Jeff Flake, Senator of Arizona, was one of 44 Senators who voted against expanding background checks on gun purchases to include online sales and gun shows. Before making this vote, he told a woman who lost her son in the Aurora movie theater shooting that he did support background checks.
Jeff Flake, Senator of Arizona, was one of 44 Senators who voted against expanding background checks on gun purchases to include online sales and gun shows. That's bad. Before making this vote, he told a woman who lost her son in the Aurora movie theater shooting that he did support background checks. That's terrible. We don't have to take her word for it either, Flake expressed this in a hand-written letter:
From the third paragraph: "While we may not agree on every solution, strengthening background checks is something we agree on."
But, let's give Senator Flake a chance here. Legislation is rarely straightforward when it's introduced, and amendments can introduce poison pills or unrelated provisions that can turn a good bill bad. So what did Flake say to explain his vote against expanding background checks?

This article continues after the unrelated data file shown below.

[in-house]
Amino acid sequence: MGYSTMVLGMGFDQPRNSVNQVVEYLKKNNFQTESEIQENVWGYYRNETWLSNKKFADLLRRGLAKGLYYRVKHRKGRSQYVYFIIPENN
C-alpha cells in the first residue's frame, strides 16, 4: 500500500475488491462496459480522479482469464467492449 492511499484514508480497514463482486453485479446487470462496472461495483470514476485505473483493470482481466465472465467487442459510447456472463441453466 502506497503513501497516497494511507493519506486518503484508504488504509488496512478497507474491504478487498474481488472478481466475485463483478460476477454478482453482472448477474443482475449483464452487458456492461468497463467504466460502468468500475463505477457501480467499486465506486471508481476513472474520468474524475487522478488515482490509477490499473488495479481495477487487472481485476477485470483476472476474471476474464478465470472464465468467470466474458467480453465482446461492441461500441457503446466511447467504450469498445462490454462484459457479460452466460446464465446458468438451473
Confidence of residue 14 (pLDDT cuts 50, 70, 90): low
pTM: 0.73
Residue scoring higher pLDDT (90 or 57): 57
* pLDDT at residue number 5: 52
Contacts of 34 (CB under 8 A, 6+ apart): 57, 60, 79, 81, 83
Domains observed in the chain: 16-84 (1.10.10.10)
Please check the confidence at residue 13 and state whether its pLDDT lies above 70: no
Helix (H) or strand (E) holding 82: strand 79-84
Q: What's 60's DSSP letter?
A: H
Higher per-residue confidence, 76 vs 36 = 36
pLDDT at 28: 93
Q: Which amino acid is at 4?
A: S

He said the bill "would expand background checks far beyond commercial sales to include almost all private transfers, including between friends and neighbors."
Whether that's a good reason to vote against
bill is open to debate, but it's not a reason to vote against
bill, because this bill did not touch gun sales between citizens (as opposed to between a citizen and a business).
According to Politico
"The bill crafted by Sens. Joe Manchin (D-W.Va.) and Pat Toomey (R-Pa.) would have applied background checks to online and gun show sales, but would have left private, person-to-person sales unregulated."
Why is Flake being a sucky person and senator? It's a simple political calculation: as one of the incoming freshman of the Senate class of 2012, he doesn't have to worry about reelection until 2018. He will have chances at gun bill redemption before then, and if he doesn't, the voters of Arizona will mostly not remember. In the meantime, it still benefits him to be on the good side of the NRA and the rest of the gun lobby, who will feed him campaign donations if he is good to them, and fund a primary against him if he steps out of line.
What I'm saying is, hate the player (Flake) a little bit, but hate the game (campaign finance) more,
and work to change it